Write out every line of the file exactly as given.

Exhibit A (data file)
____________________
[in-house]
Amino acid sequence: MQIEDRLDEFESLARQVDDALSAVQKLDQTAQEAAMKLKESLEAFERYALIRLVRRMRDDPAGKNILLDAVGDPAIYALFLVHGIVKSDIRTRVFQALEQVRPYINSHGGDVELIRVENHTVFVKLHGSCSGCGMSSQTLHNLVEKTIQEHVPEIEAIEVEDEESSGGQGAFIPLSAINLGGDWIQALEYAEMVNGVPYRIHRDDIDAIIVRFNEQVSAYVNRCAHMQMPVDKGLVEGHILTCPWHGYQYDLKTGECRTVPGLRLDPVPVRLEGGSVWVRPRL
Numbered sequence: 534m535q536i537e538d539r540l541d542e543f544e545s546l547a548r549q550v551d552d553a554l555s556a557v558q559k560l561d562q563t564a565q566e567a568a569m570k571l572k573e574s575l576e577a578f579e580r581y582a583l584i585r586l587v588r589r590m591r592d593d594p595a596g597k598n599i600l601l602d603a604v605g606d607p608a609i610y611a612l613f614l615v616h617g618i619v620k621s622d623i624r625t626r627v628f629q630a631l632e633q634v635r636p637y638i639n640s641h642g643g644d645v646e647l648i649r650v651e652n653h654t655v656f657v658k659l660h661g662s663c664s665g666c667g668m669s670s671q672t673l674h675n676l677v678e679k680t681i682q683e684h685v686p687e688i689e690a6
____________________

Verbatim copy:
[in-house]
Amino acid sequence: MQIEDRLDEFESLARQVDDALSAVQKLDQTAQEAAMKLKESLEAFERYALIRLVRRMRDDPAGKNILLDAVGDPAIYALFLVHGIVKSDIRTRVFQALEQVRPYINSHGGDVELIRVENHTVFVKLHGSCSGCGMSSQTLHNLVEKTIQEHVPEIEAIEVEDEESSGGQGAFIPLSAINLGGDWIQALEYAEMVNGVPYRIHRDDIDAIIVRFNEQVSAYVNRCAHMQMPVDKGLVEGHILTCPWHGYQYDLKTGECRTVPGLRLDPVPVRLEGGSVWVRPRL
Numbered sequence: 534m535q536i537e538d539r540l541d542e543f544e545s546l547a548r549q550v551d552d553a554l555s556a557v558q559k560l561d562q563t564a565q566e567a568a569m570k571l572k573e574s575l576e577a578f579e580r581y582a583l584i585r586l587v588r589r590m591r592d593d594p595a596g597k598n599i600l601l602d603a604v605g606d607p608a609i610y611a612l613f614l615v616h617g618i619v620k621s622d623i624r625t626r627v628f629q630a631l632e633q634v635r636p637y638i639n640s641h642g643g644d645v646e647l648i649r650v651e652n653h654t655v656f657v658k659l660h661g662s663c664s665g666c667g668m669s670s671q672t673l674h675n676l677v678e679k680t681i682q683e684h685v686p687e688i689e690a6